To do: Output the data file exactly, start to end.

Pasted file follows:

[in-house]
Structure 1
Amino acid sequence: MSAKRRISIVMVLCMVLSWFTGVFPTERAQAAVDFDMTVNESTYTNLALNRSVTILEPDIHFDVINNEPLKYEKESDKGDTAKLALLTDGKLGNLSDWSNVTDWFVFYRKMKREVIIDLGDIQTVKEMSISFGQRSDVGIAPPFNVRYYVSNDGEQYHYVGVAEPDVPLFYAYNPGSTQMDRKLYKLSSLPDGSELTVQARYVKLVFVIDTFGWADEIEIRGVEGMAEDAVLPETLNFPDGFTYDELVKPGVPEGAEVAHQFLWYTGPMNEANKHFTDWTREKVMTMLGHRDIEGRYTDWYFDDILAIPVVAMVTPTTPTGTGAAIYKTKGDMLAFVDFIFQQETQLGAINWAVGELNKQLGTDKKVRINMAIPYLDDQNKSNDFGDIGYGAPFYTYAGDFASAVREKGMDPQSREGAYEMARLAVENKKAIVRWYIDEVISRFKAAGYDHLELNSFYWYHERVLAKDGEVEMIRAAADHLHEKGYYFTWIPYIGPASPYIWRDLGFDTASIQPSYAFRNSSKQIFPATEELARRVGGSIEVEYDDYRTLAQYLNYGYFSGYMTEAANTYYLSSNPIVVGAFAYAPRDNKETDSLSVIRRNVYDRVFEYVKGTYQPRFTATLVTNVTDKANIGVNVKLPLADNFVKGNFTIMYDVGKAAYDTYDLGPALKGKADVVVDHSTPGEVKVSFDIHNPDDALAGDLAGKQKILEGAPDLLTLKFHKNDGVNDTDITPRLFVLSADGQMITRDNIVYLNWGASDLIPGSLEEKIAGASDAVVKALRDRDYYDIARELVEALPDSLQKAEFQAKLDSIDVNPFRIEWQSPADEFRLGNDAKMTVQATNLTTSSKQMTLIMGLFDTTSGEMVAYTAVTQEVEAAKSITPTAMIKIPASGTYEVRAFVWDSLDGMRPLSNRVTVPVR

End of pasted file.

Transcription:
[in-house]
Structure 1
Amino acid sequence: MSAKRRISIVMVLCMVLSWFTGVFPTERAQAAVDFDMTVNESTYTNLALNRSVTILEPDIHFDVINNEPLKYEKESDKGDTAKLALLTDGKLGNLSDWSNVTDWFVFYRKMKREVIIDLGDIQTVKEMSISFGQRSDVGIAPPFNVRYYVSNDGEQYHYVGVAEPDVPLFYAYNPGSTQMDRKLYKLSSLPDGSELTVQARYVKLVFVIDTFGWADEIEIRGVEGMAEDAVLPETLNFPDGFTYDELVKPGVPEGAEVAHQFLWYTGPMNEANKHFTDWTREKVMTMLGHRDIEGRYTDWYFDDILAIPVVAMVTPTTPTGTGAAIYKTKGDMLAFVDFIFQQETQLGAINWAVGELNKQLGTDKKVRINMAIPYLDDQNKSNDFGDIGYGAPFYTYAGDFASAVREKGMDPQSREGAYEMARLAVENKKAIVRWYIDEVISRFKAAGYDHLELNSFYWYHERVLAKDGEVEMIRAAADHLHEKGYYFTWIPYIGPASPYIWRDLGFDTASIQPSYAFRNSSKQIFPATEELARRVGGSIEVEYDDYRTLAQYLNYGYFSGYMTEAANTYYLSSNPIVVGAFAYAPRDNKETDSLSVIRRNVYDRVFEYVKGTYQPRFTATLVTNVTDKANIGVNVKLPLADNFVKGNFTIMYDVGKAAYDTYDLGPALKGKADVVVDHSTPGEVKVSFDIHNPDDALAGDLAGKQKILEGAPDLLTLKFHKNDGVNDTDITPRLFVLSADGQMITRDNIVYLNWGASDLIPGSLEEKIAGASDAVVKALRDRDYYDIARELVEALPDSLQKAEFQAKLDSIDVNPFRIEWQSPADEFRLGNDAKMTVQATNLTTSSKQMTLIMGLFDTTSGEMVAYTAVTQEVEAAKSITPTAMIKIPASGTYEVRAFVWDSLDGMRPLSNRVTVPVR